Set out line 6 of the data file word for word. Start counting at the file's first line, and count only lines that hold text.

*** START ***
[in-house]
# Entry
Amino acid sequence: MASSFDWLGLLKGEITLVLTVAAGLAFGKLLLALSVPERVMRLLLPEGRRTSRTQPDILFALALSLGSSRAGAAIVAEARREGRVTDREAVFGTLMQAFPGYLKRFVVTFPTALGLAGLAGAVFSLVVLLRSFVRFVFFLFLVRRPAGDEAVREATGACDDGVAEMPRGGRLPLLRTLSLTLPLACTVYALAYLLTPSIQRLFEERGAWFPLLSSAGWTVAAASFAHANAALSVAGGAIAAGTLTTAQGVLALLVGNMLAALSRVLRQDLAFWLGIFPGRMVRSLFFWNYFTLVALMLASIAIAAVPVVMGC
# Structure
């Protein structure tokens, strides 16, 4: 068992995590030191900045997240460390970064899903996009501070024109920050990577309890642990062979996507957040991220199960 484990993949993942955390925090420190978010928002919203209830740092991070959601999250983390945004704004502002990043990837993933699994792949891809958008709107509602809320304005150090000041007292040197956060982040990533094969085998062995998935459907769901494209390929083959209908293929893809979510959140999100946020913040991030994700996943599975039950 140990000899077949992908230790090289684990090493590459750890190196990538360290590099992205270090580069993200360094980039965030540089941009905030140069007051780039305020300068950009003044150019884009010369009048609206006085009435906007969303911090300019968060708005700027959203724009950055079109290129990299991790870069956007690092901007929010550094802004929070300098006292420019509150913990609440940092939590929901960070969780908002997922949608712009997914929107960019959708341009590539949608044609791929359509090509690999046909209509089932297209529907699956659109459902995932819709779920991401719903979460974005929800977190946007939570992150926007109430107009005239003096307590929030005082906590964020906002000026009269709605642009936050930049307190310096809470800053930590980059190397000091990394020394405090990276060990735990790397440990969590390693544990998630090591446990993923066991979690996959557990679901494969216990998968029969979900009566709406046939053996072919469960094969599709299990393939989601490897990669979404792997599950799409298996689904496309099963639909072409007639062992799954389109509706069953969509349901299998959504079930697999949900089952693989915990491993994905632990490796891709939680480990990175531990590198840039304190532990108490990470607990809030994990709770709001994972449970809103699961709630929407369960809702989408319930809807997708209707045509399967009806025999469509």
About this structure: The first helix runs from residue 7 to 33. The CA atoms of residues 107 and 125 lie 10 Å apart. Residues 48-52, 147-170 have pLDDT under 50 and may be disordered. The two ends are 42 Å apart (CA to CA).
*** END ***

About this structure: The first helix runs from residue 7 to 33. The CA atoms of residues 107 and 125 lie 10 Å apart. Residues 48-52, 147-170 have pLDDT under 50 and may be disordered. The two ends are 42 Å apart (CA to CA).